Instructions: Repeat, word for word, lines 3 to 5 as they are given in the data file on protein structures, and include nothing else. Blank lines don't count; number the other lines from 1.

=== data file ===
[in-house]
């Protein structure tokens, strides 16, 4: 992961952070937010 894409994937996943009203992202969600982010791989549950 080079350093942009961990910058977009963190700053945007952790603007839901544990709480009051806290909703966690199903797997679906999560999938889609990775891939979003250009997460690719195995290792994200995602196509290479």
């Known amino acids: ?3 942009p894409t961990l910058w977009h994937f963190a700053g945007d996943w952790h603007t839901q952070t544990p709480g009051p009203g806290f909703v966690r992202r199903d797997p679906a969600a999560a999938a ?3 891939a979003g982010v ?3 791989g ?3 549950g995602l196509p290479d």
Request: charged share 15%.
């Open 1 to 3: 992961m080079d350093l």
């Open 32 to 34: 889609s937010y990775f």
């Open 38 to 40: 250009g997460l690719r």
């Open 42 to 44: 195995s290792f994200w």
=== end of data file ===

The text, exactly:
């Known amino acids: ?3 942009p894409t961990l910058w977009h994937f963190a700053g945007d996943w952790h603007t839901q952070t544990p709480g009051p009203g806290f909703v966690r992202r199903d797997p679906a969600a999560a999938a ?3 891939a979003g982010v ?3 791989g ?3 549950g995602l196509p290479d």
Request: charged share 15%.
């Open 1 to 3: 992961m080079d350093l």